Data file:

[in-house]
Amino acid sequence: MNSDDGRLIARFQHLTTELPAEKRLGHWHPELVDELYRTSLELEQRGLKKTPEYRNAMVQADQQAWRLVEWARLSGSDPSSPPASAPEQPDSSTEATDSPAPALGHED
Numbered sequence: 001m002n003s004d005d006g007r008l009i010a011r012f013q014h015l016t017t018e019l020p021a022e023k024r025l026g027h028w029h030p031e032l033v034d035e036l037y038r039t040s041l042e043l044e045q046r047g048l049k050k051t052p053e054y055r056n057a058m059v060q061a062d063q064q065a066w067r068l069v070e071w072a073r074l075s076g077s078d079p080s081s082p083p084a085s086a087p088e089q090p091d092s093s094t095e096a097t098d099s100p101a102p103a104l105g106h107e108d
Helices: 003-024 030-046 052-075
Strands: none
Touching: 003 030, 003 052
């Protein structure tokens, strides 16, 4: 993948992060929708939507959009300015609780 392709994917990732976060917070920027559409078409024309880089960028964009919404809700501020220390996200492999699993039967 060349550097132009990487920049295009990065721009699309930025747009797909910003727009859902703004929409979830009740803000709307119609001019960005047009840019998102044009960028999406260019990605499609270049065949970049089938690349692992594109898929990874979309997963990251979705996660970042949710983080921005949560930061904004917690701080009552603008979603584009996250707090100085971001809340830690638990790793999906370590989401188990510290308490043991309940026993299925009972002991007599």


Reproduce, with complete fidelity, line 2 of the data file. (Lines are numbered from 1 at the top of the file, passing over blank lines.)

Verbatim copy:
Amino acid sequence: MNSDDGRLIARFQHLTTELPAEKRLGHWHPELVDELYRTSLELEQRGLKKTPEYRNAMVQADQQAWRLVEWARLSGSDPSSPPASAPEQPDSSTEATDSPAPALGHED